• Kyodo


Two Japanese fishermen returned home Wednesday after being detained by Russian authorities for two weeks for alleged poaching.

A Russian Federal Border Guard Service boat handed over Akiyoshi Kawamura, 29, and Haruki Kamiya, 25, to a Hokkaido fisheries patrol boat near the Japanese-Russian median line just off the coast of Hokkaido at around 1:40 p.m., a prefectural official said.

The skipper of Kisshin Maru No. 3, Noboru Sakashita, 59, is still in custody and faces legal action and the boat remains in Russian hands.

Russian authorities shot and killed a fourth crew member, Mitsuhiro Morita, around 5 a.m. on Aug. 16 in what was reported to be a warning shot after the crab boat allegedly entered Russia-controlled, but disputed, waters off Hokkaido.

The patrol boat Hokuo Maru arrived at Hansaki port in Nemuro, Hokkaido, with the fishermen at around 6:25 p.m.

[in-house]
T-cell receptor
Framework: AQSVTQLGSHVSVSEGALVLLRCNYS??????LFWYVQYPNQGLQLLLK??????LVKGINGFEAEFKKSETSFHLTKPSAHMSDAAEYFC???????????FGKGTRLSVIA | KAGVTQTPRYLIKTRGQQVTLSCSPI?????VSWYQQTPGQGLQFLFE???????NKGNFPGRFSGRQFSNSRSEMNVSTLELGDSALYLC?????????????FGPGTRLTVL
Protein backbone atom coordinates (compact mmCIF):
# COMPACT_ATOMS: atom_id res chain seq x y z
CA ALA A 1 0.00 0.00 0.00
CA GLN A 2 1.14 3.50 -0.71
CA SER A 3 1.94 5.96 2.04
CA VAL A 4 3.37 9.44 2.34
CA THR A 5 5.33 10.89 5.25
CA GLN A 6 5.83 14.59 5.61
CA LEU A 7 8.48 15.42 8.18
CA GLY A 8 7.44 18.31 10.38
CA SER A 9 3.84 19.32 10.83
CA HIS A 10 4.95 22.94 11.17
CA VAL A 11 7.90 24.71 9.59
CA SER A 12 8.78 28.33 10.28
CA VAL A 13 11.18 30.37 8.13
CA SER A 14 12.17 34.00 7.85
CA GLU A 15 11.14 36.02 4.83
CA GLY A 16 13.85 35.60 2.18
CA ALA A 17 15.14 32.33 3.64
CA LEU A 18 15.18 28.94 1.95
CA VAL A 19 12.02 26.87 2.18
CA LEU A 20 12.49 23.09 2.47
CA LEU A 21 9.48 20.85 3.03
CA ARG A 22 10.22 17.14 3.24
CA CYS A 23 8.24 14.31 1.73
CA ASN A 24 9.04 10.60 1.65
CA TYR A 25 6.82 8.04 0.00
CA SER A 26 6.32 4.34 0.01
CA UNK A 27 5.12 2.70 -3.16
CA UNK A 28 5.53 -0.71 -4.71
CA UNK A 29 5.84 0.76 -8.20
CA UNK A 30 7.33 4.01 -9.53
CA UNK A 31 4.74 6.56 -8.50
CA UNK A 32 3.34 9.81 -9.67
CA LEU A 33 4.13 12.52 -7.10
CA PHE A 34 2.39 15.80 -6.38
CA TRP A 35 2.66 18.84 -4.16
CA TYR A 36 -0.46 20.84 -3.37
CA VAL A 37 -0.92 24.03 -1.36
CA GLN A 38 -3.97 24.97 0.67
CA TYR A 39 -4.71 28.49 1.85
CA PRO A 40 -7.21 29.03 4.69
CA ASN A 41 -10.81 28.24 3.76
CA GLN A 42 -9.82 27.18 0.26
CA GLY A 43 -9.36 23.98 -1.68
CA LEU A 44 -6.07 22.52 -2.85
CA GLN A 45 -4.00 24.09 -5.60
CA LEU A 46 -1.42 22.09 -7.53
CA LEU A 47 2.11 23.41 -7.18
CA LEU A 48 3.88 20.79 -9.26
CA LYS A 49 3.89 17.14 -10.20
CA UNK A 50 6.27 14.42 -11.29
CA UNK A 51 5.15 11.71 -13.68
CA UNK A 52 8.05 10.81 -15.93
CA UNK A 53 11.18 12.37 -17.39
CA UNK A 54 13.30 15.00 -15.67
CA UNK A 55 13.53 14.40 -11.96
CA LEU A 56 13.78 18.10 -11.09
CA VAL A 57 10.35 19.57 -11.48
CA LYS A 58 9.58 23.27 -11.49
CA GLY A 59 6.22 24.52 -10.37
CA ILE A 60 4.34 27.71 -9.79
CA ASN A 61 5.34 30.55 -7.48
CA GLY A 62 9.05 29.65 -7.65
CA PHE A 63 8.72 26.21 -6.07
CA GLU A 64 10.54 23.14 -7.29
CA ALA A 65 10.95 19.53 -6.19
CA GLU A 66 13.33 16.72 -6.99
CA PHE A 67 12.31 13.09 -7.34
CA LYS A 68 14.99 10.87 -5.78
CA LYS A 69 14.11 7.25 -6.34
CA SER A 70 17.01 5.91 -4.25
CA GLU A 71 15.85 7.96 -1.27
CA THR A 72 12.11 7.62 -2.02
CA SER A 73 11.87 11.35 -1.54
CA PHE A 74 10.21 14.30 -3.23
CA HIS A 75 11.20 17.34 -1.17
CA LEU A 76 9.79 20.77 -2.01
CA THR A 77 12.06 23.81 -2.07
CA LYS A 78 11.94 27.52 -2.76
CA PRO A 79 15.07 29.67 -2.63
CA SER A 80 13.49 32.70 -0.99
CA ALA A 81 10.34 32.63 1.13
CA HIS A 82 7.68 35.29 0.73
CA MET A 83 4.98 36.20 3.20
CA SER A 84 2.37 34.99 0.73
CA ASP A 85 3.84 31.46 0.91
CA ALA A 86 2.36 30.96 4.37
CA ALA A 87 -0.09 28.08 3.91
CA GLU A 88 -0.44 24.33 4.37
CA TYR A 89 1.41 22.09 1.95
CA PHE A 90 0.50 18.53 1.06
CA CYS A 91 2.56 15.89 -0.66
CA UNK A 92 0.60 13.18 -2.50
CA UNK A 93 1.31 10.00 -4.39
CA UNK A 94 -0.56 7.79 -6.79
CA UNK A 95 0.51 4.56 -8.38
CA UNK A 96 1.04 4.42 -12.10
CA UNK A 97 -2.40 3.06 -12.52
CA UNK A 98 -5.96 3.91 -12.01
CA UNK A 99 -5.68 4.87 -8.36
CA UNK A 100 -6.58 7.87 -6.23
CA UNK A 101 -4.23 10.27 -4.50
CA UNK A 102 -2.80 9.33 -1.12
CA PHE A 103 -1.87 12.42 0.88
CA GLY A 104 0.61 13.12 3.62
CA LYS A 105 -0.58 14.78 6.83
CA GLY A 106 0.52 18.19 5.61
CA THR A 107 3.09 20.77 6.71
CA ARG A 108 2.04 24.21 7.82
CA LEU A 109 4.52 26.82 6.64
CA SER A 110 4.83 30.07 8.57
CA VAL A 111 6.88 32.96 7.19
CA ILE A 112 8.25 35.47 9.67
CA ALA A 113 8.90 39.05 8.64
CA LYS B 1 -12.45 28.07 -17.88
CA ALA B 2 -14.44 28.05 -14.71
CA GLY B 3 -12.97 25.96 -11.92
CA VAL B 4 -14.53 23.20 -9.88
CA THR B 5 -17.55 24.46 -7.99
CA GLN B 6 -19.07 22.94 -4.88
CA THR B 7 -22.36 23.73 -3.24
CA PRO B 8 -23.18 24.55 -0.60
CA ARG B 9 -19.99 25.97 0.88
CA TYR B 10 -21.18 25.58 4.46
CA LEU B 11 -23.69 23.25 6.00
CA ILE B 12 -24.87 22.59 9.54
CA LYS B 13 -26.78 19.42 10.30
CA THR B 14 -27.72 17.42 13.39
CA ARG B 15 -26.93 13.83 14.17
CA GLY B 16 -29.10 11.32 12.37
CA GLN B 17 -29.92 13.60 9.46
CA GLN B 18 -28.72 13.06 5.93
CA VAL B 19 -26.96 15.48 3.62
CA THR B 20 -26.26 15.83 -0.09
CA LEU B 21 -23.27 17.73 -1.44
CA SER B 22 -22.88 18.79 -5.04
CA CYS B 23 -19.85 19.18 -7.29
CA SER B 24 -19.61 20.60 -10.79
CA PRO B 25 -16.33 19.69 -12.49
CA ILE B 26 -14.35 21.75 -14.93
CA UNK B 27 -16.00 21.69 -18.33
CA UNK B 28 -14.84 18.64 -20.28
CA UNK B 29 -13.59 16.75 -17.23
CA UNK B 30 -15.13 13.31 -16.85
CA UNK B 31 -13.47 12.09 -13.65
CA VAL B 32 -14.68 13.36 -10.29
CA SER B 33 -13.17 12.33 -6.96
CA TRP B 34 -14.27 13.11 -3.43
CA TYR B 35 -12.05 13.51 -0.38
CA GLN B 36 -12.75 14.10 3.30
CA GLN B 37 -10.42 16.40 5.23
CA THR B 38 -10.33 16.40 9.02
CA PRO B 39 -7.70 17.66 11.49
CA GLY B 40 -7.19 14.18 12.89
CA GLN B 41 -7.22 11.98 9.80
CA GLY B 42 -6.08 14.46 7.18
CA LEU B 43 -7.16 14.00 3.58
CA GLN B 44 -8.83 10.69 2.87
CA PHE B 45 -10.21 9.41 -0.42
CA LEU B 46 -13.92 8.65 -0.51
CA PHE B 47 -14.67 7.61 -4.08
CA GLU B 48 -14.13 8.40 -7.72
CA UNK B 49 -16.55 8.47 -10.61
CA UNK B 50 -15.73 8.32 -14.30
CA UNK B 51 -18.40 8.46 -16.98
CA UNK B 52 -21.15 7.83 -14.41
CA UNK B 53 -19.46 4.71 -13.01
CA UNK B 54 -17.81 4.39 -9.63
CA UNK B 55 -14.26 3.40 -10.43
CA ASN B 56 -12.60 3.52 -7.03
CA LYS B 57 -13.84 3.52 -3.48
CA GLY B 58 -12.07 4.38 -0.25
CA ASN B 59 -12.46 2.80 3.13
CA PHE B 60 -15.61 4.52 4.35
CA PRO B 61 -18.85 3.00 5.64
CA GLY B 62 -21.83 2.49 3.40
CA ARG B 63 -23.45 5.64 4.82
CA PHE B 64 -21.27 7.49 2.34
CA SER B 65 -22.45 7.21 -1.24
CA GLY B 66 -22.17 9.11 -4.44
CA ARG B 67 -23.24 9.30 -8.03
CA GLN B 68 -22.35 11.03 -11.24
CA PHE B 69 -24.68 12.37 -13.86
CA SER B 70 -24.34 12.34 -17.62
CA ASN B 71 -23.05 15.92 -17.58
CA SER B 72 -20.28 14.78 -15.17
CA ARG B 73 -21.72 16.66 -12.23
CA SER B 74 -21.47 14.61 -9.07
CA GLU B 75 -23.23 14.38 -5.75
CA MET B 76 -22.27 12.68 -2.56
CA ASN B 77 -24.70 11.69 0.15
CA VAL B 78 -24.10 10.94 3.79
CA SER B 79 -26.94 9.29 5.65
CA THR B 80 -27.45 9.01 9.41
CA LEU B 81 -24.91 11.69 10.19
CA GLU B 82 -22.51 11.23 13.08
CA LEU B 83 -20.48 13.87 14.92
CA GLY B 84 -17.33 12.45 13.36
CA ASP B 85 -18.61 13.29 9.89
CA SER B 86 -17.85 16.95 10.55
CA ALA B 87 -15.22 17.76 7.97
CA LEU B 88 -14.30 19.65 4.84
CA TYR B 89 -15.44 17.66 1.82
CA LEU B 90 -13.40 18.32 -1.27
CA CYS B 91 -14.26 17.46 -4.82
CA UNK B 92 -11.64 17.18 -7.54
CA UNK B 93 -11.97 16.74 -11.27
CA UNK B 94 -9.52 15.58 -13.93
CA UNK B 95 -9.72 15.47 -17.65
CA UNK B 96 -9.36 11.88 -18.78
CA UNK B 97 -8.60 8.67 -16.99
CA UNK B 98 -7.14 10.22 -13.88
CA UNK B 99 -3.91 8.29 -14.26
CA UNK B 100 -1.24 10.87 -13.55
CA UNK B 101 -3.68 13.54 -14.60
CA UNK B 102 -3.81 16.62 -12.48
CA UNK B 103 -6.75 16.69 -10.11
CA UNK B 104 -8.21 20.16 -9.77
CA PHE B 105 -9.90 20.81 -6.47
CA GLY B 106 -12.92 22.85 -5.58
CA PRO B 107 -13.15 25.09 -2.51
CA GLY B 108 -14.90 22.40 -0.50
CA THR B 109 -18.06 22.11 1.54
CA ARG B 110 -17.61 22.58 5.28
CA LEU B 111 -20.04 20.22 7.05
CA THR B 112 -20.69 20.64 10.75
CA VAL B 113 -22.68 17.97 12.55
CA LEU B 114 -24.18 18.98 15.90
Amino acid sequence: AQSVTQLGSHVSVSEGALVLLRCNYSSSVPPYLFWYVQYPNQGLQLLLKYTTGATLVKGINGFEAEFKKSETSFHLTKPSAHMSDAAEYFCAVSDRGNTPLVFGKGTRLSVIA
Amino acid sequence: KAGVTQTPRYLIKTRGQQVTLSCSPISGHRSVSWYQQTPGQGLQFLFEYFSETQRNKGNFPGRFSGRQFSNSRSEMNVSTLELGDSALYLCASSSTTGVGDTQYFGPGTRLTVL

The freed pair faced reporters in Nemuro and apologized for the trouble that has been caused. Looking downhearted, the two, however, answered few questions, often replying “We don’t know” or “We can’t remember.”

“An inflatable boat appeared from the port quarter, and seconds later, we were shot at,” Kamiya told the news conference.

“The Russians shouted something, but I can’t remember it well. I lay down on the deck because I saw Mr. Morita was shot,” Kawamura said.

The two men said they did not know where they were when they were fired on. They claimed that at that time, the crew was trying to untangle seaweed lines to their crab pots.

Japan has pressed Russia to release Sakashita and the boat, claiming the incident occurred in Japanese waters.

Morita’s body was returned to Japan on Aug. 19.

Yevgeny Lazarev, a spokesman for the coast guard branch on Sakhalin Island, was quoted by the Interfax news agency Tuesday as saying the two crewmen were unaware that their boat had entered Russian territorial waters.

He added that Sakashita has assumed blame for the violation, Interfax said.

The Russian patrol vessel fired at the crab boat near Russian-administered Kaigara Island, and Moscow claimed the boat had intruded and ignored orders to stop.

Sakashita was quoted as telling the Russian border guard during the investigation, “I saw a flash (before the seizure), but it was dark at the time and I did not recognize it as a stop order.”

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